RD Which we don’t get in bishops . . .

CH Our soft-centred bishops at Oxford and other people, yes.

RD I’m often asked why it is that this republic [of America], founded in secularism, is so much more religious than those western European countries that have an official state religion, like Scandinavia and Britain.

CH [Alexis] de Tocqueville has it exactly right. If you want a church in America, you have to build it by the sweat of your own brow and many have. That’s why they’re attached to them.

RD Yes.

CH [Look at] the Greek Orthodox community in Brooklyn. What’s the first thing it will do? It will build itself a little shrine. The Jews – not all of them – remarkably abandoned their religion very soon after arriving from the shtetl.

RD Are you saying that most Jews have abandoned their religion?

CH Increasingly in America. When you came to escape religious persecution and you didn’t want to replicate it, that’s a strong memory. The Jews very quickly secularised when they came. American Jews must be the most secular force on the planet now, as a collective. If they are a collective –which they’re not, really.

RD While not being religious, they often still observe the Sabbath and that kind of thing.

CH There’s got to be something cultural. I go to Passover every year. Sometimes, even I have a seder, because I want my child to know that she does come very distantly from another tradition. It would explain if she met her greatgrandfather why he spoke Yiddish. It’s cultural, but the Passover seder is also the Socratic forum. It’s dialectical. It’s accompanied by wine. It’s got the bones of quite a good discussion in it. And then there is manifest destiny. People feel America is just so lucky. It’s between two oceans, filled with minerals, wealth, beauty. It does seem providential to many people.

RD Promised land, city on a hill.

CH All that and the desire for another Eden. Some secular utopians came here with the same idea. Thomas Paine and others all thought of America as a great new start for the species.

RD But that was all secular.

CH A lot of it was, but you can’t get away from the liturgy: it’s too powerful. You will end up saying things like “promised land” and it can be mobilised for sinister purposes. But in a lot of cases, it’s a mild belief. It’s just: “We should share our good luck.”

RD I’ve heard another theory that, America being a country of immigrants, people coming from Europe, where they left their extended family and left their support system, were alone and they needed something.

CH Surely that was contained in what I just . . .

RD Maybe it was.

CH The reason why most of my friends are non-believers is not particularly that they were engaged in the arguments you and I have been having, but they were made indifferent by compulsory religion at school.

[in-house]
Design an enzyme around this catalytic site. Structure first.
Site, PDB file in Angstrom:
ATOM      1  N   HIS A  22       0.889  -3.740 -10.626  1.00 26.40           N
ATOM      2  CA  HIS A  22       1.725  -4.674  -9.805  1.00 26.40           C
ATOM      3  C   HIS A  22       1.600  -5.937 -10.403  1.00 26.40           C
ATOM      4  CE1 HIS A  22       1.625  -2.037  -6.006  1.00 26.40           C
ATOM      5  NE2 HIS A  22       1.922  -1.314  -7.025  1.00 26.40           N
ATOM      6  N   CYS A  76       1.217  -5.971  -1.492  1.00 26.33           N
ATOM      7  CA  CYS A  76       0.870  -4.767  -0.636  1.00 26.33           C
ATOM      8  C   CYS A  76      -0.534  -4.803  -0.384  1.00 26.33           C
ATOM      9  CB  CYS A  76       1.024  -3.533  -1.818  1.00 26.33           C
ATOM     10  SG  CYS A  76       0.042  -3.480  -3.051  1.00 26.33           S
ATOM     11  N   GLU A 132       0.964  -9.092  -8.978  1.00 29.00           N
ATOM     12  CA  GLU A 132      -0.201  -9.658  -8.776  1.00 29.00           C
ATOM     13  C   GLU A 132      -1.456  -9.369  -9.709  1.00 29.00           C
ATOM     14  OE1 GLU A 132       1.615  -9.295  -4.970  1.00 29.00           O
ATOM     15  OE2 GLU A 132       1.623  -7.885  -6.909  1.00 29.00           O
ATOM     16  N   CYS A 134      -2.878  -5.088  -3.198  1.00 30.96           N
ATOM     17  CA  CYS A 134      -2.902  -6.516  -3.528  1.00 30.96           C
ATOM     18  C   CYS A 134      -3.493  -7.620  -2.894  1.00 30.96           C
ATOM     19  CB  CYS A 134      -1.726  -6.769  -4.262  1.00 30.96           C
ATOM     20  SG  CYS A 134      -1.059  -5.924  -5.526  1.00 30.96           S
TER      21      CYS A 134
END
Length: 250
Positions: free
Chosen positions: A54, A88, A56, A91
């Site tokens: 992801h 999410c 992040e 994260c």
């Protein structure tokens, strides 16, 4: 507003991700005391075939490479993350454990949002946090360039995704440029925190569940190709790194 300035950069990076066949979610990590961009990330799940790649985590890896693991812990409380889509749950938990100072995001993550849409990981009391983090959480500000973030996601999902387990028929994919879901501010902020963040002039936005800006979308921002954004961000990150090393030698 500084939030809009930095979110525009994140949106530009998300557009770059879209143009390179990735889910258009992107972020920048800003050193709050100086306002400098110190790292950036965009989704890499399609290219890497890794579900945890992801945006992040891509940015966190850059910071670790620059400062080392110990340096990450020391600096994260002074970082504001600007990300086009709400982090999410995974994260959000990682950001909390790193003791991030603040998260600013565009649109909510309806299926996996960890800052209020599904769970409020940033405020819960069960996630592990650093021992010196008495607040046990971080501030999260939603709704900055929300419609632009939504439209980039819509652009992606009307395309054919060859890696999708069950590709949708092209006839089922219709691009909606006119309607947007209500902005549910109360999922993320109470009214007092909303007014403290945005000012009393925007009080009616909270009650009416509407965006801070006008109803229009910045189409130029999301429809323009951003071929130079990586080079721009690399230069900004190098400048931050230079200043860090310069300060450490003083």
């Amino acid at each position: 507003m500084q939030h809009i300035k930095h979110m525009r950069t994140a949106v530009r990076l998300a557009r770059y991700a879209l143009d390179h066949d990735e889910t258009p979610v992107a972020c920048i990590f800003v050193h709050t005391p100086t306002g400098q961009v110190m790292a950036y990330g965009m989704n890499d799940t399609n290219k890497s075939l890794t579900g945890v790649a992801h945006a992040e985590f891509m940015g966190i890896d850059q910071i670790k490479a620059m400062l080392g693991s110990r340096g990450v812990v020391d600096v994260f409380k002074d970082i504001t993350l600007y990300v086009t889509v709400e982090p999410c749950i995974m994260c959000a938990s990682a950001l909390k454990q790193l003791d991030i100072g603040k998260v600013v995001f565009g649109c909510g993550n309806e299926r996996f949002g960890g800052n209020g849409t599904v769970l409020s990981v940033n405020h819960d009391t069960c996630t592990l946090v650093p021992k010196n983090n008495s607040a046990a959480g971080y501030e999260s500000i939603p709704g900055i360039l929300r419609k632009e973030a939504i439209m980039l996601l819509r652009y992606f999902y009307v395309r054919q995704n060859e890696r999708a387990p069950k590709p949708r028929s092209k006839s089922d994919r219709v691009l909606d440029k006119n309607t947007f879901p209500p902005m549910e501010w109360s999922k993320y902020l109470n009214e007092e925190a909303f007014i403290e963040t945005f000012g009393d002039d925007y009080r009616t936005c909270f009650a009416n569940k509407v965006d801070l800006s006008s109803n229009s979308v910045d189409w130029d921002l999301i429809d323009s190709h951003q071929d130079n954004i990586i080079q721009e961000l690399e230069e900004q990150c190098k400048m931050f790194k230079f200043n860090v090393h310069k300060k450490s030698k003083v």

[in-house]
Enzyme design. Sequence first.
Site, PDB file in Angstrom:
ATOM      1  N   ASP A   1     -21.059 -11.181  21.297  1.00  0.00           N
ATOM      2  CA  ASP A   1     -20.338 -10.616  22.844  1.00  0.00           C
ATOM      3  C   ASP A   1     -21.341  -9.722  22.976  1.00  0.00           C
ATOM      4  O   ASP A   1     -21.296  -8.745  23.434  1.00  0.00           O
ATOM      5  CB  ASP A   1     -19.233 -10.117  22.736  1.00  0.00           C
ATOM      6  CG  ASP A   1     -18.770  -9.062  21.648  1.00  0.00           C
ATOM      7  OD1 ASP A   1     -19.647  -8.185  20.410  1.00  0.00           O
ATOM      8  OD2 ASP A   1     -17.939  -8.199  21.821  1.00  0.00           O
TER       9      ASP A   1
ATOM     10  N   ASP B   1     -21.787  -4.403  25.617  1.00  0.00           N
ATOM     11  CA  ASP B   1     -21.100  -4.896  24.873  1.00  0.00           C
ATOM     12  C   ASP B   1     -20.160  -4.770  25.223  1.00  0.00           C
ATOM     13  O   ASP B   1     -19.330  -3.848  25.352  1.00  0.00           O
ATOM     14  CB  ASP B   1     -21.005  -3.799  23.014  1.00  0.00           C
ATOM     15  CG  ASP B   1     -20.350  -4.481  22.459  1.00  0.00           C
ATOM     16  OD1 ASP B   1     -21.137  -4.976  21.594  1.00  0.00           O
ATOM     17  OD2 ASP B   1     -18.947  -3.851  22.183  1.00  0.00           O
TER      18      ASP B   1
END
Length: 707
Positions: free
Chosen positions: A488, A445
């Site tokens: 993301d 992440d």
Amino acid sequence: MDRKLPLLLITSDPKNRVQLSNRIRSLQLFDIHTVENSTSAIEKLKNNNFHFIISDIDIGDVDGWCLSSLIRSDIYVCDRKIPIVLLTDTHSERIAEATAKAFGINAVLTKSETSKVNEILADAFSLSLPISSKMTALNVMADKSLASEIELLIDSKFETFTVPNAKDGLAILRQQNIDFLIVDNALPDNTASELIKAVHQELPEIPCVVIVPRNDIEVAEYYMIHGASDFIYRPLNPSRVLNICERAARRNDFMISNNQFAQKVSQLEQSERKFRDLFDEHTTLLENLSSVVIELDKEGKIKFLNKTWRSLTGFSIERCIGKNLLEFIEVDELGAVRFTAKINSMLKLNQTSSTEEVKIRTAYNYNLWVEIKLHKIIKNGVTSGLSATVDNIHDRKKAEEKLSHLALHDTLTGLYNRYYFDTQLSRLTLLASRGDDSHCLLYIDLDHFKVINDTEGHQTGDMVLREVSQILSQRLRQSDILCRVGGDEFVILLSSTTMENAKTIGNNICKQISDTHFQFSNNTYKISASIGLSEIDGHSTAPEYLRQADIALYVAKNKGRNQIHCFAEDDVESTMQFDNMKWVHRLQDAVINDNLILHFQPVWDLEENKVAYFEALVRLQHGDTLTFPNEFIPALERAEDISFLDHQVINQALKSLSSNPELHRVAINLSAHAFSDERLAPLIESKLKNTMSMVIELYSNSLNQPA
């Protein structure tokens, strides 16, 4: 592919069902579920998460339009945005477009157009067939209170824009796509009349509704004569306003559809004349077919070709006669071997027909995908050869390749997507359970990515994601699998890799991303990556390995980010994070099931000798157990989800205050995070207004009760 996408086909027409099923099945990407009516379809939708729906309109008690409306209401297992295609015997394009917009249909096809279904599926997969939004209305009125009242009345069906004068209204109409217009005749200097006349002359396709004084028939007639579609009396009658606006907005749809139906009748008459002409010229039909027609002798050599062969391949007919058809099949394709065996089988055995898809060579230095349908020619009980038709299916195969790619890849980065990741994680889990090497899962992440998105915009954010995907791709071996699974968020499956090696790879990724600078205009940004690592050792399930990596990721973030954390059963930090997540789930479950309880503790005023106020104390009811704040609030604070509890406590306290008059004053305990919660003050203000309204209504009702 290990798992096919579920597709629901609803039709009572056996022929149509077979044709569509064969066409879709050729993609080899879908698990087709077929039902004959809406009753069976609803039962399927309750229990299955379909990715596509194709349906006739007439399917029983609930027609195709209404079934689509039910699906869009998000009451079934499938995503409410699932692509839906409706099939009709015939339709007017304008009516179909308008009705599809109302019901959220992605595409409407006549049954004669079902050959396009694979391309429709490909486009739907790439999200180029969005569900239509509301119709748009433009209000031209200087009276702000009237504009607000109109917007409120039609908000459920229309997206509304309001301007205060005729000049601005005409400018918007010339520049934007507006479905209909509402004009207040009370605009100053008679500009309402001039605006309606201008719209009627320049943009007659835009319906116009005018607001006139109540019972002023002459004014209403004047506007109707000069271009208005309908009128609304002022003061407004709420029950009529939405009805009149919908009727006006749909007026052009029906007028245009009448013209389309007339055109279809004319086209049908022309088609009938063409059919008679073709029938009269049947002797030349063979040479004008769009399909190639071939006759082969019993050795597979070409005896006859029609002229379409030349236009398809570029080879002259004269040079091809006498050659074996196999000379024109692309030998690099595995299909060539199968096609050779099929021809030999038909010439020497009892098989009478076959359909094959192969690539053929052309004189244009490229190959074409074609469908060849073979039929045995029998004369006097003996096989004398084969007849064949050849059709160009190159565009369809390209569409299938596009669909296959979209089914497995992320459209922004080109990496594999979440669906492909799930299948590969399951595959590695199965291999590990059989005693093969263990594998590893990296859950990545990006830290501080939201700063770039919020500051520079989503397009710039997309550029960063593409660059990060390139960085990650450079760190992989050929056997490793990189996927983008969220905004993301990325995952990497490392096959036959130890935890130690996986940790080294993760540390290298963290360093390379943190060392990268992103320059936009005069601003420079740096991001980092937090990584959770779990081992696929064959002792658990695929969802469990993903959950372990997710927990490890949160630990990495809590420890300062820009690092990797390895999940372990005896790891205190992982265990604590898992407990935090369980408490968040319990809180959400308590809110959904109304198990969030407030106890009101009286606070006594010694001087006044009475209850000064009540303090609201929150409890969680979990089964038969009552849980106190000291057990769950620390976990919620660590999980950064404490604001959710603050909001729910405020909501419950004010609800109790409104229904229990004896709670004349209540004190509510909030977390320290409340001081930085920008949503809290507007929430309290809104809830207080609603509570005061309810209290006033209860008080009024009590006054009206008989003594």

RD They got bored by it.

CH They’d had enough of it. They took from it occasionally whatever they needed – if you needed to get married, you knew where to go. Some of them, of course, are religious and some of them like the music but, generally speaking, the British people are benignly indifferent to religion.

RD And the fact that there is an established church increases that effect. Churches should not be tax-free the way that they are. Not automatically, anyway.

CH No, certainly not. If the Church has demanded that equal time be given to creationist or pseudo-creationist speculations . . . any Church that teaches that in its school and is in receipt of federal money from the faith-based initiative must, by law, also teach Darwinism and alternative teachings, in order that the debate is being taught. I don’t think they want this.

RD No.

CH Tell them if they want equal time, we’ll jolly well have it. That’s why they’ve always been against comparative religion.

RD Comparative religion would be one of the best weapons, I suspect.

CH It’s got so insipid in parts of America now that a lot of children are brought up – as their parents aren’t doing it and leave it to the schools and the schools are afraid of it – with no knowledge of any religion of any kind. I would like children to know what religion is about because [otherwise] some guru or cult or revivalists will sweep them up.

RD They’re vulnerable. I also would like them to know the Bible for literary reasons.

CH Precisely. We both, I was pleased to see, have written pieces about the King James Bible. The AV [Authorised Version], as it was called in my boyhood. A huge amount of English literature would be opaque if people didn’t know it.

RD Absolutely, yes. Have you read some of the modern translations? “Futile, said the preacher. Utterly futile.”

CH He doesn’t!

RD He does, honestly. “Futile, futile said the priest. It’s all futile.”

CH That’s Lamentations.

RD No, it’s Ecclesiastes. “Vanity, vanity.”

CH “Vanity, vanity.” Good God. That’s the least religious book in the Bible. That’s the one that Orwell wanted at his funeral.

RD I bet he did. I sometimes think the poetry comes from the intriguing obscurity of mistranslation. “When the sound of the grinding is low, the grasshopper is heard in the land . . . The grasshopper shall be a burden.” What the hell?

CH The Book of Job is the other great non-religious one, I always feel. “Man is born to trouble as the sparks fly upward.” Try to do without that. No, I’m glad we’re on the same page there. People tell me that the recitation of the Quran can have the same effect if you understand the original language. I wish I did. Some of the Catholic liturgy is attractive.

RD I don’t know enough Latin to judge that.

CH Sometimes one has just enough to be irritated.

RD Yes [laughs]. Can you say anything about Christmas?

CH Yes. There was going to be a winter solstice holiday for sure. The dominant religion was going to take it over and that would have happened without Dickens and without others.

RD The Christmas tree comes from Prince Albert; the shepherds and the wise men are all made up.

CH Cyrenius wasn’t governor of Syria, all of that. Increasingly, it’s secularised itself. This “Happy Holidays” – I don’t particularly like that, either.

RD Horrible, isn’t it? “Happy holiday season.”

CH I prefer our stuff about the cosmos.

***

The day after this interview, I was honoured to present an award to Christopher Hitchens in the presence of a large audience in Texas that gave him a standing ovation, first as he entered the hall and again at the end of his deeply moving speech. My own presentation speech ended with a tribute, in which I said that every day he demonstrates the falsehood of the lie that there are no atheists in foxholes: “Hitch is in a foxhole, and he is dealing with it with a courage, an honesty and a dignity that any of us would be, and should be, proud to muster.”